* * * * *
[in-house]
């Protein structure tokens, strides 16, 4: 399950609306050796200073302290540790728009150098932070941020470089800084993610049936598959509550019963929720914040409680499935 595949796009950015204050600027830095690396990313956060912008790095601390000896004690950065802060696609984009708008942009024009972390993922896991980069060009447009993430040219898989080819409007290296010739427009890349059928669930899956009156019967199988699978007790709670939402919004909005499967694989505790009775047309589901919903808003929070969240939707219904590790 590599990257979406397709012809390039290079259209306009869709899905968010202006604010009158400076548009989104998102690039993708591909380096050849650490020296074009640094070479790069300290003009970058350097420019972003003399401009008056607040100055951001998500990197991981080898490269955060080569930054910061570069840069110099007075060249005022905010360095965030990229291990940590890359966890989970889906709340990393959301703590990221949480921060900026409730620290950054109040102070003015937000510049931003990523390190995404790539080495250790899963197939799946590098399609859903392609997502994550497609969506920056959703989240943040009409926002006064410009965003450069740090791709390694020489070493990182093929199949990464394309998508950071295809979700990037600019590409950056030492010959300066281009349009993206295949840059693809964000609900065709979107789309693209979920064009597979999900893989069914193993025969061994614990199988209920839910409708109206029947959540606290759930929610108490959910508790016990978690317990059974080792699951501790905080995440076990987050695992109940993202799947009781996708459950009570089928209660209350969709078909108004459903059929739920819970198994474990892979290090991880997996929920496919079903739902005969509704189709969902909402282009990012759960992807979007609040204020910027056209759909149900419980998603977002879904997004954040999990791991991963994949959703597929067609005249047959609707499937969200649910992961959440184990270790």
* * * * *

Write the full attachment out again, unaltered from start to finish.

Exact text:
[in-house]
């Protein structure tokens, strides 16, 4: 399950609306050796200073302290540790728009150098932070941020470089800084993610049936598959509550019963929720914040409680499935 595949796009950015204050600027830095690396990313956060912008790095601390000896004690950065802060696609984009708008942009024009972390993922896991980069060009447009993430040219898989080819409007290296010739427009890349059928669930899956009156019967199988699978007790709670939402919004909005499967694989505790009775047309589901919903808003929070969240939707219904590790 590599990257979406397709012809390039290079259209306009869709899905968010202006604010009158400076548009989104998102690039993708591909380096050849650490020296074009640094070479790069300290003009970058350097420019972003003399401009008056607040100055951001998500990197991981080898490269955060080569930054910061570069840069110099007075060249005022905010360095965030990229291990940590890359966890989970889906709340990393959301703590990221949480921060900026409730620290950054109040102070003015937000510049931003990523390190995404790539080495250790899963197939799946590098399609859903392609997502994550497609969506920056959703989240943040009409926002006064410009965003450069740090791709390694020489070493990182093929199949990464394309998508950071295809979700990037600019590409950056030492010959300066281009349009993206295949840059693809964000609900065709979107789309693209979920064009597979999900893989069914193993025969061994614990199988209920839910409708109206029947959540606290759930929610108490959910508790016990978690317990059974080792699951501790905080995440076990987050695992109940993202799947009781996708459950009570089928209660209350969709078909108004459903059929739920819970198994474990892979290090991880997996929920496919079903739902005969509704189709969902909402282009990012759960992807979007609040204020910027056209759909149900419980998603977002879904997004954040999990791991991963994949959703597929067609005249047959609707499937969200649910992961959440184990270790």